Trans happiness study bridges research gap

Trans happiness study bridges research gap

23 Nov 2016     By Brad Stauffer | CEHS Director of External Relations

Elliot Tebbe was not a believer. Positive psychology, he thought, did not adequately consider a community he was familiar with, and in fact a part of—people who transitioned from their gender assigned at birth to the gender they most identify with. Positive psych was a field of research that gained momentum in the late 1990s focusing on human wellbeing and the strengths that allow people to thrive. Tebbe’s early experience observing the “trans” community from a research perspective, and personally experiencing that transition during graduate school, left him concerned that positive psychology did not and does not clearly address the systemic marginalization of many individuals from stigmatized groups.

But over time, greater acceptance and greater understanding of the lived experiences of transgender people have given Tebbe hope and a direction for research in his role as an assistant professor in the Department of Educational Psychology. He’s now embarking on qualitative research that he hopes will “bridge the gap” between positive psych and the lived experiences of the trans community.

“For a lot of [trans] people there are these negative life experiences and these pressing mental health needs,” says Tebbe, “and there’s an awful lot of positive experience as well. People transition for a reason, and it’s not because of negative life experiences. It’s that there’s something good and fulfilling about that.

“So that’s where I’m looking to head moving forward—to find a way to bridge the gap between all this research—looking at marginalization and how that impacts mental health, but also bridging positive experiences and how that promotes wellbeing and thriving.”

Tebbe, whose scholarly work is in the area of counseling psychology, has dubbed his research the “Trans Happiness Study.” Individuals transitioning face many barriers, including acceptance from family and friends, lack of access to good jobs and healthcare and other discrimination. Anecdotally and in counseling sessions, he hears people talk about their concerns, fears and limitations, but he says, “the question that always seems to come up at the very end is, are you happy?” Many times, the answer is, yes. Tebbe hopes that documenting that trans people can live happy, productive and thriving lives may eventually inform and shape societal expectations.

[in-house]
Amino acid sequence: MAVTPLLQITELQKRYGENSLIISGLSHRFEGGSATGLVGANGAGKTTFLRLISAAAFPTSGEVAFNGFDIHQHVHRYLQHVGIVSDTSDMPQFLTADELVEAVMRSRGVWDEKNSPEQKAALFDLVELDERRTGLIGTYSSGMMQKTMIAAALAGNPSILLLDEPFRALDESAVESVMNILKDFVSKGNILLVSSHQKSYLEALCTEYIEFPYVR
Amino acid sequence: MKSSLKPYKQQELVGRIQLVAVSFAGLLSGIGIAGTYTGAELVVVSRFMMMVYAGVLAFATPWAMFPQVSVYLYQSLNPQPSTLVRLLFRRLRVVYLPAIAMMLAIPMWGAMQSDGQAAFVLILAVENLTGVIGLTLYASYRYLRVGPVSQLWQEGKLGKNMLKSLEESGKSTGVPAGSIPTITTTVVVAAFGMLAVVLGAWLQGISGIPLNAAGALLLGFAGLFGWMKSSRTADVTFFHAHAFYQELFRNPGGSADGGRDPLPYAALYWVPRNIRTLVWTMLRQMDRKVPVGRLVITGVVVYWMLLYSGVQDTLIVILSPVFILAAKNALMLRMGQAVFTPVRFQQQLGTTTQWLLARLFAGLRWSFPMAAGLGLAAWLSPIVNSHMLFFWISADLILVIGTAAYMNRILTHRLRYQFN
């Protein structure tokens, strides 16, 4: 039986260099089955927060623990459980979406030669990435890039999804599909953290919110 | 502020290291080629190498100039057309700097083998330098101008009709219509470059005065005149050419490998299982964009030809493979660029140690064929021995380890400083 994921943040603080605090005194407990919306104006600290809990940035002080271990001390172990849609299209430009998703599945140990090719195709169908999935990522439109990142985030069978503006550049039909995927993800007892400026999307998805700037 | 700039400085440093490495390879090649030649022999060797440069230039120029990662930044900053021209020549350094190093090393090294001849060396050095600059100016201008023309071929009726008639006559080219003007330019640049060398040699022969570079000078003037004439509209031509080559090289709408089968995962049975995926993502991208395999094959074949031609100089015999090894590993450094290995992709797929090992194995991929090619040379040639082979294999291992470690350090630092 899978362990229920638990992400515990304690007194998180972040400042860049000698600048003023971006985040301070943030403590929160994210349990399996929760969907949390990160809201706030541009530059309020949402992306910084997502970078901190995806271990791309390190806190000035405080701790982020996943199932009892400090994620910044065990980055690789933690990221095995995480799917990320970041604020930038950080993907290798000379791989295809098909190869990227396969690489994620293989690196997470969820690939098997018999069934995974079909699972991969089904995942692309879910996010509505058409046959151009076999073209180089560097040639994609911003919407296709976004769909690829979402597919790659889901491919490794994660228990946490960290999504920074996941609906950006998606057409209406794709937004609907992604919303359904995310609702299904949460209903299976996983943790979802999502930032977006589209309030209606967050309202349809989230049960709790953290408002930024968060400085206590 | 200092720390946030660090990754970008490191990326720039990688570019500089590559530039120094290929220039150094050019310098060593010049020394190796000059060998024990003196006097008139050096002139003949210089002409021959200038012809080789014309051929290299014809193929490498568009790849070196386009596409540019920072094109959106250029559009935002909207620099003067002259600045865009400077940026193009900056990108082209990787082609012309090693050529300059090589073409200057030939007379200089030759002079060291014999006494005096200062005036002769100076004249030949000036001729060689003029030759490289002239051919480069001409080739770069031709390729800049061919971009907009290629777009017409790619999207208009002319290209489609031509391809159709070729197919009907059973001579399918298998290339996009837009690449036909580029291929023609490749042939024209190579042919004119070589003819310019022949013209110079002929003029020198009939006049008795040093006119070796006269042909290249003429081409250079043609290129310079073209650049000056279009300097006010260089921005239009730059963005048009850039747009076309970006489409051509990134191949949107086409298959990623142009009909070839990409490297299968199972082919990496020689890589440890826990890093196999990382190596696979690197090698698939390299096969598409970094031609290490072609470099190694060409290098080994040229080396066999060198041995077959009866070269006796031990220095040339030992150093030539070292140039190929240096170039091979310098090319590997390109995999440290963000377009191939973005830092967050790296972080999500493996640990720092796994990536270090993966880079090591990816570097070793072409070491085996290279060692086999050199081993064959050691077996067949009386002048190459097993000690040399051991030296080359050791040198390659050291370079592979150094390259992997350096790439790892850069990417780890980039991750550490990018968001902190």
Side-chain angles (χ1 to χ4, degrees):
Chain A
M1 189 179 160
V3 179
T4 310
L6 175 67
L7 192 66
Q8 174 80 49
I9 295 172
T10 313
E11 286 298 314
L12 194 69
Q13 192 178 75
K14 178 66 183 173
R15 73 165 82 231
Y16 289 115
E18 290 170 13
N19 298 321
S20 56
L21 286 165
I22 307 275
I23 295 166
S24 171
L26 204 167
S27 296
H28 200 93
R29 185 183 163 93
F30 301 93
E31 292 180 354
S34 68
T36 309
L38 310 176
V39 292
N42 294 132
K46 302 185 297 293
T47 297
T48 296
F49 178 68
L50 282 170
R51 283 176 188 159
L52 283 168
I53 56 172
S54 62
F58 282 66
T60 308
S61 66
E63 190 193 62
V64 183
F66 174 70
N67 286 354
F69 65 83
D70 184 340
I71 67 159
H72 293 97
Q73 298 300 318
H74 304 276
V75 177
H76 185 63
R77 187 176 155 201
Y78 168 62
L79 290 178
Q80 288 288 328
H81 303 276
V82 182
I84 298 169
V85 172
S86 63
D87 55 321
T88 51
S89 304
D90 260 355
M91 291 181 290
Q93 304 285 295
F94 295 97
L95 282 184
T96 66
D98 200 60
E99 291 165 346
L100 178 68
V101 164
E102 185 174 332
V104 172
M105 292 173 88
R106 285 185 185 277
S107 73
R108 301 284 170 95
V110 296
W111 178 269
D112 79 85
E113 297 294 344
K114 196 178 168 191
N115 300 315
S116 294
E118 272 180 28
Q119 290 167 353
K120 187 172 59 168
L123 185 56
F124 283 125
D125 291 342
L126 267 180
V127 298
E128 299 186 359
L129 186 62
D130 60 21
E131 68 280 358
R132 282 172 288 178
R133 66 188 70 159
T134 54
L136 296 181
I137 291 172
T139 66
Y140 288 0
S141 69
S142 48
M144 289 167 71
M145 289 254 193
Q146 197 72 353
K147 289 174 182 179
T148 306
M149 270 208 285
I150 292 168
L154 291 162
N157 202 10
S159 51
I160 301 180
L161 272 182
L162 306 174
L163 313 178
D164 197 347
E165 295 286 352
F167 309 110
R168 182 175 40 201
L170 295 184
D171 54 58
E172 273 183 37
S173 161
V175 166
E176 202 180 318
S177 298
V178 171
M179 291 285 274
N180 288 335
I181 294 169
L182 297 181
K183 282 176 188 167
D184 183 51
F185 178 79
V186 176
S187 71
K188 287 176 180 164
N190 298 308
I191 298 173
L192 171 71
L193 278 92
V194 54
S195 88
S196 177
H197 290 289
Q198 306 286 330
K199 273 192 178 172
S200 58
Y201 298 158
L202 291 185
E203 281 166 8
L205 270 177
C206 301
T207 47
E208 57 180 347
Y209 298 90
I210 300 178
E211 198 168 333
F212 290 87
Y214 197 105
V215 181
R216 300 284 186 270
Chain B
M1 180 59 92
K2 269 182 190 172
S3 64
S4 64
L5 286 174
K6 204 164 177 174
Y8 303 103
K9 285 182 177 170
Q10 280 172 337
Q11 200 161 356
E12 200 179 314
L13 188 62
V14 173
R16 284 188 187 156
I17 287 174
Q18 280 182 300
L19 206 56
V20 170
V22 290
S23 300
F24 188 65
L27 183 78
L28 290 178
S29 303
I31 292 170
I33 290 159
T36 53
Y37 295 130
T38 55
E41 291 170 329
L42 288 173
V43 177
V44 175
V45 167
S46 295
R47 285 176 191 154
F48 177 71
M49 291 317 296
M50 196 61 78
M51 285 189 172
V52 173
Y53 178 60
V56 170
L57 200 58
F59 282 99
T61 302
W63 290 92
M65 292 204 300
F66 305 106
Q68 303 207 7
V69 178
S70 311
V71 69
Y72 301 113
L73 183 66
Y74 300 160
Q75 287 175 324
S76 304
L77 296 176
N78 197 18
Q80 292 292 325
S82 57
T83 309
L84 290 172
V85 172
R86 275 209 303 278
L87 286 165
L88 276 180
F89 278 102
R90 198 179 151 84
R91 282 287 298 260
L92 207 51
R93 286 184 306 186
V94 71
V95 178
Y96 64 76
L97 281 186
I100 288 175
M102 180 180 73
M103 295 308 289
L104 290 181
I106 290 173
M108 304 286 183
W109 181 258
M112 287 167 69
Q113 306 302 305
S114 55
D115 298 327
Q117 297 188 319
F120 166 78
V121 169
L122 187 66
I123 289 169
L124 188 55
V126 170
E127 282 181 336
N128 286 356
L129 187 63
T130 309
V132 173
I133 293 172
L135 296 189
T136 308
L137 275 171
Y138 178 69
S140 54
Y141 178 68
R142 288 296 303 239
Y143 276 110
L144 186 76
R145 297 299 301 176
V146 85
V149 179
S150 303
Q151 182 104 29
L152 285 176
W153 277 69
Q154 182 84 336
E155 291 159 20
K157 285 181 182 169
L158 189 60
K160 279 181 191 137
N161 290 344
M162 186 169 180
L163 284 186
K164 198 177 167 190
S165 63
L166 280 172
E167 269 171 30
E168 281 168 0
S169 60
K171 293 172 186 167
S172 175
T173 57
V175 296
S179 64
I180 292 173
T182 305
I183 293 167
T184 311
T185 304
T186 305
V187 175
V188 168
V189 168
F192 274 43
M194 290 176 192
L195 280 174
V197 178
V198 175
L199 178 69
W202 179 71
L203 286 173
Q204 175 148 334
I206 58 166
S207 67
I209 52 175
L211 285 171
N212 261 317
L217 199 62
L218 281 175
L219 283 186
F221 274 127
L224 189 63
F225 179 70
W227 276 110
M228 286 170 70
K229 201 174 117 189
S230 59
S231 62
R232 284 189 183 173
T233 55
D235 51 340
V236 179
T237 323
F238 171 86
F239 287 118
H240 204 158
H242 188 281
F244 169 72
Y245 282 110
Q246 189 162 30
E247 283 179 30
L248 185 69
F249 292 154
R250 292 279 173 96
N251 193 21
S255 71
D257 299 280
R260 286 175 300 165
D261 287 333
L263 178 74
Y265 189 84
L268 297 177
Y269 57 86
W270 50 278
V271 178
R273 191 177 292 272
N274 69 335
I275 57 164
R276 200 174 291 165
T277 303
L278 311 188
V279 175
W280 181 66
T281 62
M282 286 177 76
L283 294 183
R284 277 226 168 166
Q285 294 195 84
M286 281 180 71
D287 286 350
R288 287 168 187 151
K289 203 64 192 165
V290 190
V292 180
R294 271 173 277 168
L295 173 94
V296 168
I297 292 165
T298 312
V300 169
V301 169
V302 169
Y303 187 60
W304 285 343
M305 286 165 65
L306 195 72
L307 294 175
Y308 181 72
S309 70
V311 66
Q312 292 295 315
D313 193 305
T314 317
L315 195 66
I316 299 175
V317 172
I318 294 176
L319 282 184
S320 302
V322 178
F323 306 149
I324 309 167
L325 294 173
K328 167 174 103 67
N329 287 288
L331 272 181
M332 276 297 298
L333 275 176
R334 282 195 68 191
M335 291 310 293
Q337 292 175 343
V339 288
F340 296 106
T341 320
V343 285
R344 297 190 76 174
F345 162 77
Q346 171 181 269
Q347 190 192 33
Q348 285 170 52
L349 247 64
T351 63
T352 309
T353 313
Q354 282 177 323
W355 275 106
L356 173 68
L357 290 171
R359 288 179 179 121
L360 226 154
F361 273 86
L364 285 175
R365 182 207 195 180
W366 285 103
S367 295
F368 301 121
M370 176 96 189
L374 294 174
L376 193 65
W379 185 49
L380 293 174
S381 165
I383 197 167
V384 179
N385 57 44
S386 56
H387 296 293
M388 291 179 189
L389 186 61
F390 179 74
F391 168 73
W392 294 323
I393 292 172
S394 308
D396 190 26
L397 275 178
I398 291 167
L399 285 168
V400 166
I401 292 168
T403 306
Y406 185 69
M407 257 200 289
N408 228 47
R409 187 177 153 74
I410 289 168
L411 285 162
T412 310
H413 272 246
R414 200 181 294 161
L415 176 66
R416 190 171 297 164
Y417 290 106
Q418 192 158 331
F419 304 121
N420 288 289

That broader narrative, Tebbe says, is “totally missing from the research literature right now. To be at a place where I can contribute to that shaping I think is pretty cool—a good place for me to be right now.”

A new research project was approved last month that includes interviewing 15-20 trans people in the Lincoln area. He’s interested in discovering what happiness means to them. What makes them happy? How does happiness function in their lives? What pathways does happiness create? What gets in the way of happiness?

Tebbe would like to understand how happiness affects the worldview of this marginalized group, how happiness affects relationships with others, how it affects their ability to grow in their identity and if it provides hope in their lives.

A small pilot grant through the American Psychological Foundation will get the research started, and Tebbe hopes the initial research will lay the ground work for a larger federally funded study. He’s building a research bridge that’s never been attempted. It will take time, but he’s excited about the journey.

“I feel like I’m writing my own way forward. I’ve been able to see these two parallel fields, but there just hasn’t been that bridge yet, or not in a way that is easy to grasp onto. I hope, that this study will help show people within this community as happy as anyone else, even with these kind of alarming rates of depression and suicide risk that we’re seeing in the literature. I think that will also help people continue to move forward…go for a job that they may not have otherwise, continue to seek out good providers for healthcare, or just be able to continue to live life.”

Assistant Professor Elliot Tebbe engages with counseling psychology graduate students in a weekly research meeting.
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